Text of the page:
December 3, 2016

CBSRZ Announces High Holy Day Service Schedule, Begins Sunday

CHESTER — Congregation Beth Shalom Rodfe Zedek (Chester) has announced its schedule of High Holy Day services.  Contact the synagogue office for tickets or more information.  860-526-8920

Sunday, Oct. 2

7:30 pm Erev Rosh Hashanah service

Monday, Oct. 3

9:30 am Rosh Hashanah Morning service, followed by Taschlich at the Chester Ferry

2:00 pm Rosh Hashanah Family Program

3:00 pm Children’s service

Tuesday, Oct. 4

9:30 am  Rosh Hashanah (Day 2) service

Sunday, Oct. 9

1:00 pm  Cemetery service at Fountain Hill

2:30 pm  Cemetery service at Rodfe Zedek

Tuesday, Oct. 11

7:30 pm  Kol Nidre

Saturday, Oct. 12

9:30 am  Yom Kippur Morning service

2:30 pm  Children’s service

4:00 pm  Yom Kippur Afternoon service and Neilah, followed by Break the Fast

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Essex Garden Club Announces Officers for 2016-2017

FNewly-elected officers of the Essex Garden Club are (from left to right) Pat Mather, Betsy Godsman, Augie Pampel, Barbara Burgess, Barbara Muhlfelder and Judy Greene

Newly-elected officers of the Essex Garden Club are (from left to right) Pat Mather, Betsy Godsman, Augie Pampel, Barbara Burgess, Barbara Muhlfelder and Judy Greene

ESSEX — Officers for the Essex Garden Club for 2016-2017 are Barbara Burgess, President, Augie Pampel, 1st Vice President, Barbara Muhlfelder, 2nd Vice President and Assistant Treasurer,  Betsy Godsman, Recording Secretary, Judy Greene, Corresponding Secretary, and  Patricia Mather, Treasurer.

In Barbara Burgess’s opening remarks,  at the September meeting,  she described the club’s agenda and activities for the upcoming year ahead and introduced the theme for the year “ Partnering for Success”  She shared how The Essex Garden Club has partnered with the Land Trust in sponsoring a conservation program, this year on the topic of Native Pollinators.

In addition the Essex Garden club provides resources to the libraries and schools to partner in educating both adults and children in our community. For many years the Club has  partnered with the Town of Essex to keep our parks and community looking beautiful. These strong partnerships continue to result in both benefiting our organizations and the community.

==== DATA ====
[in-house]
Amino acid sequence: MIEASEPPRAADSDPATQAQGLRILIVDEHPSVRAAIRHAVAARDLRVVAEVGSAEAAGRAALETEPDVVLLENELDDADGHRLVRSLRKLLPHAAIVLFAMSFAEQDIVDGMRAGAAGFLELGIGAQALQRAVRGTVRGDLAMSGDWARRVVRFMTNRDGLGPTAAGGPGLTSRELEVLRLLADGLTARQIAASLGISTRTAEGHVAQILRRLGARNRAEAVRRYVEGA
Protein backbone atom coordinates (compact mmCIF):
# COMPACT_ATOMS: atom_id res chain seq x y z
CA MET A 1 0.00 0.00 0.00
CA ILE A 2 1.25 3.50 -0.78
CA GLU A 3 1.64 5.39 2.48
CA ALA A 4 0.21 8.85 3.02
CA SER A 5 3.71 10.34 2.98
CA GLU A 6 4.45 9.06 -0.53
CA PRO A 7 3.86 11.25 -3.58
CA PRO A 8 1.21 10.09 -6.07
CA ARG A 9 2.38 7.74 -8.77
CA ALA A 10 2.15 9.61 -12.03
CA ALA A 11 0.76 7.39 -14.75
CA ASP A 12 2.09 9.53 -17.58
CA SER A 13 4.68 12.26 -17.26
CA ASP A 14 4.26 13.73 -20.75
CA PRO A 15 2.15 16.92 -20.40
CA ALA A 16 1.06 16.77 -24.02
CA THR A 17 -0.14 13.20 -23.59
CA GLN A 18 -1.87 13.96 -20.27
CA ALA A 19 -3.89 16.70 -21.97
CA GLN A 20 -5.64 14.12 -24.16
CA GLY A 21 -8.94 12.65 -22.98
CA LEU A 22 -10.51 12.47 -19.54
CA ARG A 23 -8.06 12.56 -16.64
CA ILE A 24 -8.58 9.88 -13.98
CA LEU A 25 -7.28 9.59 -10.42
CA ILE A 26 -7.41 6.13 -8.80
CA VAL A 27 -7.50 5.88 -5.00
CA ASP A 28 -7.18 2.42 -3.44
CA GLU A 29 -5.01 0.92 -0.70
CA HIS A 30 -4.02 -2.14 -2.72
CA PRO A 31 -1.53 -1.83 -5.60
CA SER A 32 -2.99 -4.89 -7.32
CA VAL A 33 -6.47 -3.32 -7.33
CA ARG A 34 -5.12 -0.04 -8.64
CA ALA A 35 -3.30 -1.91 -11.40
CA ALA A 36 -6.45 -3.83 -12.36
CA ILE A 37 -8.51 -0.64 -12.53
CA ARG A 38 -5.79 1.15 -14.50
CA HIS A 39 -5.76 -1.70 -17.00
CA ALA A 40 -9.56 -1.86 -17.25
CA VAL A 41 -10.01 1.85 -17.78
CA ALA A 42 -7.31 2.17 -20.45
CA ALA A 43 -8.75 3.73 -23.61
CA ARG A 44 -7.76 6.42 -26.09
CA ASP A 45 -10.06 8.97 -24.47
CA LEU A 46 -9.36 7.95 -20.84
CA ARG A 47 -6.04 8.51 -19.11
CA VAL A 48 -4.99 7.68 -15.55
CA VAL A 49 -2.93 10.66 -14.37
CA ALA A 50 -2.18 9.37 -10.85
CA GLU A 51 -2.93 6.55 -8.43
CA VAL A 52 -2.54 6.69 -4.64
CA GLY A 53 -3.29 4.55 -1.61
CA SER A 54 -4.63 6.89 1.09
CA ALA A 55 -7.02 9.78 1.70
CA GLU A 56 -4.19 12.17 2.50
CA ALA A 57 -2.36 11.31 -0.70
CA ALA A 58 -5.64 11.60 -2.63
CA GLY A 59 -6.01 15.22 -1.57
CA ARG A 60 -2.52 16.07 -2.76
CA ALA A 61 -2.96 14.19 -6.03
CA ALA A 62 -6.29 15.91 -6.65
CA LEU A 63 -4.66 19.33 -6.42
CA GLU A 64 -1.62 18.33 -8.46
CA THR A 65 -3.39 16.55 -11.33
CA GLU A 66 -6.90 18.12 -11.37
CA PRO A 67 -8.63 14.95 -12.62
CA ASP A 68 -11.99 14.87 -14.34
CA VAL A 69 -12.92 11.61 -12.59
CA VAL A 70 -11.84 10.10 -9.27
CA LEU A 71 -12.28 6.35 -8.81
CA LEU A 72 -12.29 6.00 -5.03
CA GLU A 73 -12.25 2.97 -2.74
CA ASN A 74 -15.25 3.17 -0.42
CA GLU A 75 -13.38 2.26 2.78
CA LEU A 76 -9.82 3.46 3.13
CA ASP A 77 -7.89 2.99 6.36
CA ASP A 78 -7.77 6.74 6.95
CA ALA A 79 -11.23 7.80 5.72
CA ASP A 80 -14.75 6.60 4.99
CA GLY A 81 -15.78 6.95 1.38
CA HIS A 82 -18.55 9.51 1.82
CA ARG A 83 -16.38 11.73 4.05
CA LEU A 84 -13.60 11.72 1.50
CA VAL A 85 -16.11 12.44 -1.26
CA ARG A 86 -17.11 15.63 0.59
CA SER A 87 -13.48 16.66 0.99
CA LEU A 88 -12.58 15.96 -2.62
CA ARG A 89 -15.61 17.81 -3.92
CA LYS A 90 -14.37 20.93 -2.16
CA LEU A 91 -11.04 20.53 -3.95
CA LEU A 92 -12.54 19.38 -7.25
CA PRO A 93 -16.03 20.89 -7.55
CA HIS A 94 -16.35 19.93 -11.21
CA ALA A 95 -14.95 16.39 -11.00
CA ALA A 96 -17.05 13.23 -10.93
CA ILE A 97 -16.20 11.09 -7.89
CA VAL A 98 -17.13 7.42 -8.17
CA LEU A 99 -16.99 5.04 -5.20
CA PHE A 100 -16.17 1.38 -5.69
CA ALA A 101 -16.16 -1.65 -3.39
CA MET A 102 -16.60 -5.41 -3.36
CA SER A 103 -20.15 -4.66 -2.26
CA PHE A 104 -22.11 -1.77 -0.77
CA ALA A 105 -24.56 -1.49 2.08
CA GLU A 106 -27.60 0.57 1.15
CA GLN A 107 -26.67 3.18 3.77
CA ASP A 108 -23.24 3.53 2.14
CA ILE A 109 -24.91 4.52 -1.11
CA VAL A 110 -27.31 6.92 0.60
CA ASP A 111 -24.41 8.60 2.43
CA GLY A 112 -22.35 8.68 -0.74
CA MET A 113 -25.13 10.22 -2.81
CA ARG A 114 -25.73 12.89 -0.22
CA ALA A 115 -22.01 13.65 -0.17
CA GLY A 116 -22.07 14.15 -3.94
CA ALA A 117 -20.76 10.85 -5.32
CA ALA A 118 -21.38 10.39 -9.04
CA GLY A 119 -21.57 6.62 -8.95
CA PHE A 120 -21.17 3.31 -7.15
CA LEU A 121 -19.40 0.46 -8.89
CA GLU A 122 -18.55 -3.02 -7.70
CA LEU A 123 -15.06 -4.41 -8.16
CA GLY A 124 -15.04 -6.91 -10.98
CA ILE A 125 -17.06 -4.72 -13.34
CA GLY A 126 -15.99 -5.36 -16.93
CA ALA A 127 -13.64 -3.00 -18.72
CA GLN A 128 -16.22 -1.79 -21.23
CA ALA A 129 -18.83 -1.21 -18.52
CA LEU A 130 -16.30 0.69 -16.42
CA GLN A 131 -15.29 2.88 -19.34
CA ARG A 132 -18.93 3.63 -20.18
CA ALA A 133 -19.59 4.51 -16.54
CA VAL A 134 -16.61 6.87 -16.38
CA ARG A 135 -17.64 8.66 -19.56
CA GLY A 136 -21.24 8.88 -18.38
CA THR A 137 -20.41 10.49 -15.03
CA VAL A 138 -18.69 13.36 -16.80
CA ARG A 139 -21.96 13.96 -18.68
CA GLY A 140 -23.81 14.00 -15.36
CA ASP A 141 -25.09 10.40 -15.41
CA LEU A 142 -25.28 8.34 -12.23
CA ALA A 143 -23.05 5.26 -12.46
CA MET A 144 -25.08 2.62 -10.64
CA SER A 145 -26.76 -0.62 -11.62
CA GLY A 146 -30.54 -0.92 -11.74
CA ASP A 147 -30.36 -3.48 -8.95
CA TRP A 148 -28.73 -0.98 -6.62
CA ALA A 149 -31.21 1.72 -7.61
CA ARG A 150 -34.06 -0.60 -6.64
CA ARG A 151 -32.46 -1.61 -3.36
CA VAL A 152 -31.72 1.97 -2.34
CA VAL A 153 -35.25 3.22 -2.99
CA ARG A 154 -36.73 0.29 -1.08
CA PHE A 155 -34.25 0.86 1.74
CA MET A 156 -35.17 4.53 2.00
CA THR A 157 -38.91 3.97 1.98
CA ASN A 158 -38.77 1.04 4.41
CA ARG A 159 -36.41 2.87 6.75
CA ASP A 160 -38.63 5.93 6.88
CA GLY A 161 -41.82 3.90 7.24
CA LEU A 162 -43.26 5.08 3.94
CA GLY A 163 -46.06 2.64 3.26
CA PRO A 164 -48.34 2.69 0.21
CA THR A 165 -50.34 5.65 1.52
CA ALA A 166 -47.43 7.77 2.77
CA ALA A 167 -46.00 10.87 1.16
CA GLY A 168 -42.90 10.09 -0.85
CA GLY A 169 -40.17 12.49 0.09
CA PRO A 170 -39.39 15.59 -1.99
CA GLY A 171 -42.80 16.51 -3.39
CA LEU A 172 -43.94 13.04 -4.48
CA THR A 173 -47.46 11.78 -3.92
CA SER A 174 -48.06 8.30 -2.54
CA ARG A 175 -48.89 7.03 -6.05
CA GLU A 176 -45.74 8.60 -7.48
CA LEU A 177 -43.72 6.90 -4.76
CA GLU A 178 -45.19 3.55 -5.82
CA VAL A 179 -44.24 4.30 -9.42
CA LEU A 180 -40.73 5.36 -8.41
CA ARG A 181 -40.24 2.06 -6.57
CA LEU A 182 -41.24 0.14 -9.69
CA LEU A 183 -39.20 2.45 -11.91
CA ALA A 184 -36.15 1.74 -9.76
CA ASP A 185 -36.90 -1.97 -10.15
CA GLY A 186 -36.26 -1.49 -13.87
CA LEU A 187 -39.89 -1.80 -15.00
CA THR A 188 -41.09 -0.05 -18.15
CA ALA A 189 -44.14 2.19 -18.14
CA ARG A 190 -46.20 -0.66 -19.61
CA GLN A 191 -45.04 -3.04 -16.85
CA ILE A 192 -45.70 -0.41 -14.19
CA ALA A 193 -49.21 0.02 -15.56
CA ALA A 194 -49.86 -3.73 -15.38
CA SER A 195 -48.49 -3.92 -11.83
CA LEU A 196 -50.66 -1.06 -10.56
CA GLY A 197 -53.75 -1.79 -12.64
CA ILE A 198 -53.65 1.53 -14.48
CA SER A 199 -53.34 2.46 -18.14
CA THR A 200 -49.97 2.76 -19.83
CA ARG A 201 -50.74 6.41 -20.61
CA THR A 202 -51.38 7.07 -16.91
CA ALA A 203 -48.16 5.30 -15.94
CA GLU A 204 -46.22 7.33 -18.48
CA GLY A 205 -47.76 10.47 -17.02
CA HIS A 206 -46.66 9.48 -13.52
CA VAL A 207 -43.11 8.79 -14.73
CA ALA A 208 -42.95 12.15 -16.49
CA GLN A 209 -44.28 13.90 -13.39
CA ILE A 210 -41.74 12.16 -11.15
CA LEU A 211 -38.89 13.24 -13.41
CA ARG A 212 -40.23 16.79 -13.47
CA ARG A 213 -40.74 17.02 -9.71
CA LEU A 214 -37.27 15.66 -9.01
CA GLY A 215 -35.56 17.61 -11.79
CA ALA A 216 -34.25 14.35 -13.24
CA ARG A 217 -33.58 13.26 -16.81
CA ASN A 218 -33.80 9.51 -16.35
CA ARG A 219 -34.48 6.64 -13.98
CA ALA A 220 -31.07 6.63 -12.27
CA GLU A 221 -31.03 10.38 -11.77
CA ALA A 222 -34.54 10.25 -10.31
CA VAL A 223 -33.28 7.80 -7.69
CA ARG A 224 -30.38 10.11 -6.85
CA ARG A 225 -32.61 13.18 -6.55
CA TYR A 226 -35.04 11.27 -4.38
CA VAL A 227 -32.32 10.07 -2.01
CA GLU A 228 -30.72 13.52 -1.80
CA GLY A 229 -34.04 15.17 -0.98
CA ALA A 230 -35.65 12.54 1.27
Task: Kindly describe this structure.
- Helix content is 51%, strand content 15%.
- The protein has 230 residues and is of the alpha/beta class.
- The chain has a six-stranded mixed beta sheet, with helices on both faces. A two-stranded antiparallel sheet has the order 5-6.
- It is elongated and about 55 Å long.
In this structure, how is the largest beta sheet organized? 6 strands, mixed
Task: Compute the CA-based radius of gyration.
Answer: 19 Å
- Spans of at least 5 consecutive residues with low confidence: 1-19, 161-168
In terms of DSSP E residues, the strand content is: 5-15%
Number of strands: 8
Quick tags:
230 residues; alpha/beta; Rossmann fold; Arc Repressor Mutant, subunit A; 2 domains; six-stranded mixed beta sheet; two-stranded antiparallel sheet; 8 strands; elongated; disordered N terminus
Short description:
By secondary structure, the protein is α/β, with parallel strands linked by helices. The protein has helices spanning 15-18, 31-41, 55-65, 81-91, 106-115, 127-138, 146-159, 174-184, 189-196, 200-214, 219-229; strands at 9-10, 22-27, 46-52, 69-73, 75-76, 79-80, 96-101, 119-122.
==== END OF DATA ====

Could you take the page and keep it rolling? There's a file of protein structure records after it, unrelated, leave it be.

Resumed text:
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Letter to the Editor: Congratulations to Ann Lander on ‘Beacon Award’ for Literacy Volunteers’ Service

To The Editor:

Literacy Volunteers Valley Shore is proud to congratulate Ann Lander for winning a Shore Publishing 2016 Beacon Award. Ann is being recognized for her dedication to Literacy Volunteers as a Workshop Leader, Conversation Social facilitator, Tutor, Student Services Coordinator and volunteer at the organization’s fundraisers. Her selflessness and commitment to helping tutors and students improve lives in our shoreline communities for over twenty seven years makes her more than deserving of this recognition. We are so proud to be associated with someone who has made a life, after improving the lives of area children in her teaching career, improving the lives of children AND adults in her “volunteer” career with Literacy Volunteers.

The Beacon Awards recognize a few outstanding individuals who selflessly step up to help fulfill the Shoreline community’s promise as a place of opportunity, wellbeing, and safety for all. Ms. Lander was officially recognized at the annual Beacon Awards Dinner to be held at Water’s Edge Resort & Spa in Westbrook on September 28th. I am honored to speak for the board, staff, tutors and students of Literacy Volunteers Valley Shore in thanking Ann for her service, congratulating her on this award and in extending our best wishes to her in her future endeavors (although we hope she never leaves!)

Sincerely,

John J. Ferrara,
Westbrook.

Editor’s note: The author is the Executive Director of Literacy Volunteers Valley Shore.